The ayatollahs in Iran needed to hear Donald Trump get tough, the President's national security adviser has told Sky News.
John Bolton hailed Mr Trump's "outstanding speech" in which he pulled the US out of the Iran nuclear deal.
"It was very direct, very clear, very tough. That's what the ayatollahs needed to hear," Mr Bolton said.
During his White House announcement on Tuesday, Mr Trump called the Joint Comprehensive Plan of Action (JCPOA) "disastrous" and "one-sided".
He said no action taken by Iran had been more dangerous than its pursuit of nuclear weapons, and claimed the deal had allowed Iran to enrich uranium and "cause havoc within the Middle East and beyond".
The 2015 agreement was made by Iran and the US, the UK, Russia, France, China, Germany and the EU to ensure Iran's nuclear programme was "exclusively peaceful".
In return, the US agreed to lift a range of nuclear-related sanctions, which Mr Trump will now reimpose.
Speaking to Sky News after the President's announcement, Mr Bolton allayed concerns from the international community about the decision.
He said the US would work with its European allies, "particularly Britain, France and Germany" to construct an answer to the larger threat from Iran and "not just the nuclear weapons programme".
A new solution would address Iran's "support for terrorism, their disruptive military operations across the region and all of their malign influence".
He added the President's move is "part of really dealing with Iran".
Under the deal, spearheaded by Barack Obama, Iran stopped producing 20% enriched uranium and gave up the majority of its stockpile in return for most international sanctions on it being lifted.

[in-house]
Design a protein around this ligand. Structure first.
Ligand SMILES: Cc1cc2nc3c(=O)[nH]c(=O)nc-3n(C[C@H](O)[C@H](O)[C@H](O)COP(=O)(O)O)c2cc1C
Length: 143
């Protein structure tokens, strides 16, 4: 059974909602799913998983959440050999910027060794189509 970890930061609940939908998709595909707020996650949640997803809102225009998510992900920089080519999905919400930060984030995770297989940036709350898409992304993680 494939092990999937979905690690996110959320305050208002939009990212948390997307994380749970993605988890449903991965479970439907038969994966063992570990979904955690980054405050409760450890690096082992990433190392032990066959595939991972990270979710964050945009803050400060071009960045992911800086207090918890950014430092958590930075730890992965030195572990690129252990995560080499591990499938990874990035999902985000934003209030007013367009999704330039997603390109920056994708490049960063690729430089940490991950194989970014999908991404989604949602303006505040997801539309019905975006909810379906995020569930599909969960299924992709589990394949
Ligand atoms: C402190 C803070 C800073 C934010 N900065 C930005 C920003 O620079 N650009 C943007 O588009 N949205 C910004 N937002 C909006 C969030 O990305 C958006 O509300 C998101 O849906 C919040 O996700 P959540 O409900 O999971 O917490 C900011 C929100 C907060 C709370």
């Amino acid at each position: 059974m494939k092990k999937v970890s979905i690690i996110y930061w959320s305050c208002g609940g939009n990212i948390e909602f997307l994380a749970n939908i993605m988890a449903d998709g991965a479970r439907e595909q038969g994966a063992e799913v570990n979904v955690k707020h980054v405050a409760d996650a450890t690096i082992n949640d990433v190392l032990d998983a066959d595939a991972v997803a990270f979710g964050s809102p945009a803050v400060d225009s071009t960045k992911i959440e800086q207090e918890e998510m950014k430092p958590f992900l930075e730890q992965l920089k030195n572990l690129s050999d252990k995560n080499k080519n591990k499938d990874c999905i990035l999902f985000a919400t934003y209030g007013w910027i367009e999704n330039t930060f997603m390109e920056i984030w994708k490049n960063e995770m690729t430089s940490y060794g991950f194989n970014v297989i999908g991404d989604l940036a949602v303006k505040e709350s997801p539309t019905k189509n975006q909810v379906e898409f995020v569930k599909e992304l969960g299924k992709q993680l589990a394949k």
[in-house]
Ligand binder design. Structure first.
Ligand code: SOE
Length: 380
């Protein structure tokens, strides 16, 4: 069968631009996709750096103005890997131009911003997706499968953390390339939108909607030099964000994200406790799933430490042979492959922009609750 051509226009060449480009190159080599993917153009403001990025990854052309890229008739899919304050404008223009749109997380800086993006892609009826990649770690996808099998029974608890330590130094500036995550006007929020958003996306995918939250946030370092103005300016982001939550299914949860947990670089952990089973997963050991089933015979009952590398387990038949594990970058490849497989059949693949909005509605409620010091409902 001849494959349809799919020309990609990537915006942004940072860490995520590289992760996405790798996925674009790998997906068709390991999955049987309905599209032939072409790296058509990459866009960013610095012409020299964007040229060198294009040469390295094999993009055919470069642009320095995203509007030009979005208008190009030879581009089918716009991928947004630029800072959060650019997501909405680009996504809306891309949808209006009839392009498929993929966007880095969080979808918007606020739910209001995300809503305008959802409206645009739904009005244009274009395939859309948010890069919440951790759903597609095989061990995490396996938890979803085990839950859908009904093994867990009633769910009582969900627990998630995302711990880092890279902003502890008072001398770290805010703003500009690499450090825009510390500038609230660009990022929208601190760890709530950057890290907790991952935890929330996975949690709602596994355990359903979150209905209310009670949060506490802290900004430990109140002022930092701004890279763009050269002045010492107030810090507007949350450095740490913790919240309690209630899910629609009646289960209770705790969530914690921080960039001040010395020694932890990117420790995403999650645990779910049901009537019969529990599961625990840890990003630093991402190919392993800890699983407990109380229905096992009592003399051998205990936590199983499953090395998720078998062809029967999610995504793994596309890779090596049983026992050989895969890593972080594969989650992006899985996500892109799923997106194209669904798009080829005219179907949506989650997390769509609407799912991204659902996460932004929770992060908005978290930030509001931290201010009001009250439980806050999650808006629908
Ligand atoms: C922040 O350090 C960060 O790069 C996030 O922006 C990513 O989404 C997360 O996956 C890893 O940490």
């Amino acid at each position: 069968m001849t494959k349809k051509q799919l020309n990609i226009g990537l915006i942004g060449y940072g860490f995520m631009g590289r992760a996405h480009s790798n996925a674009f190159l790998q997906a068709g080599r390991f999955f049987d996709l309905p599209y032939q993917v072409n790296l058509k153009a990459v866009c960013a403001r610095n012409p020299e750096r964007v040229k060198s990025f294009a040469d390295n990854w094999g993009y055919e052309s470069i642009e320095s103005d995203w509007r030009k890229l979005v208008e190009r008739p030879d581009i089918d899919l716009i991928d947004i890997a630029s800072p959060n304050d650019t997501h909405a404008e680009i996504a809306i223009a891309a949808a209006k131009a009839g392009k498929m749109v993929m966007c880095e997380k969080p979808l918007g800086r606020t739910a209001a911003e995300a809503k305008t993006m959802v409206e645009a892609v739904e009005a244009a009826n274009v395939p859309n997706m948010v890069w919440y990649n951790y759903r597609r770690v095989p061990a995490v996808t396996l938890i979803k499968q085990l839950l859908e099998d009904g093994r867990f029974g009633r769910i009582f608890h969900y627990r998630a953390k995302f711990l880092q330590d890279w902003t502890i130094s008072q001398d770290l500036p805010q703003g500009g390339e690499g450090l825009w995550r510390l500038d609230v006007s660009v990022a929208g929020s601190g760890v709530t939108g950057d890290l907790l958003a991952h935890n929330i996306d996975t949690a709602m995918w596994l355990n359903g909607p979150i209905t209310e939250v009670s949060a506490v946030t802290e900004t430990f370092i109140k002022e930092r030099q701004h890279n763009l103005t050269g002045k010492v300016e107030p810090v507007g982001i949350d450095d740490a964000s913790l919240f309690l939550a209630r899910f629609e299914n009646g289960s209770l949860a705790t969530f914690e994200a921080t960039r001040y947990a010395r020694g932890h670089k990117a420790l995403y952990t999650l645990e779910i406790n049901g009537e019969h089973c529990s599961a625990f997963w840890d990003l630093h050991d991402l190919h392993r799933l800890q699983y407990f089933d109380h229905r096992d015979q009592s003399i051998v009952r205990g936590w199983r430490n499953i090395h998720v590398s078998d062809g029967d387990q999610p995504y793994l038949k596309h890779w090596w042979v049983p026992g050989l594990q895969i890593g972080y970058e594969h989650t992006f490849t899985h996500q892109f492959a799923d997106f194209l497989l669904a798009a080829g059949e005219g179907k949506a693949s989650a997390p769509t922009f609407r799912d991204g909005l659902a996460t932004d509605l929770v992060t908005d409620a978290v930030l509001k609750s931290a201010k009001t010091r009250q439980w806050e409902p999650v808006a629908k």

But Iran's president Hassan Rouhani warned that Iran was ready to resume its nuclear activities if its interests were not guaranteed under a deal without the United States.
"If needed, we will resume our nuclear enrichment at the industrial level without any limit," he said.
Mr Bolton said he understands why some in the international community are not optimistic about the future, but he said the deal was not an effective way of stopping Iran from getting nuclear weapons.
"I have been involved in a lot of arms control negotiations in my day and I can tell you that this deal was not going to stop Iran from getting nuclear weapons.
"We have a legitimate disagreement with our friends in Europe," he said, "but we are going to try now to work beyond this deal and I am optimistic that we can make progress".
Mr Trump was castigated by many foreign leaders for his decision, as well as by his Democratic predecessor.
The Iran deal was seen as one of the Obama administration's key foreign policy achievements.
"I believe that the decision to put the JCPOA at risk without any Iranian violation of the deal is a serious mistake," the former president said in a statement.
"Without the JCPOA, the United States could eventually be left with a losing choice between a nuclear-armed Iran or another war in the Middle East.
"We all know the dangers of Iran obtaining a nuclear weapon. It could embolden an already dangerous regime; threaten our friends with destruction; pose unacceptable dangers to America's own security; and trigger an arms race in the world's most dangerous region."
Prime Minister Theresa May, in a joint statement with France's Emmanuel Macron and German Chancellor Angela Merkel, expressed her "regret and concern" and urged "all sides to remain committed" to the deal.
"Together, we emphasise our continuing commitment to the JCPOA," their statement read.
"This agreement remains important for our shared security."
Russia's deputy UN ambassador Dmitry Polyanskiy said Moscow was "disappointed" but "not surprised" by the move.
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Despite the opposition, Israeli Prime Minister Benjamin Netanyahu praised the "brave and correct" decision by Mr Trump, before saying the 2015 accord was a "recipe for disaster".
According to the US Treasury, sanctions related to Iran's energy, auto and financial sectors will be reimposed in three and six months.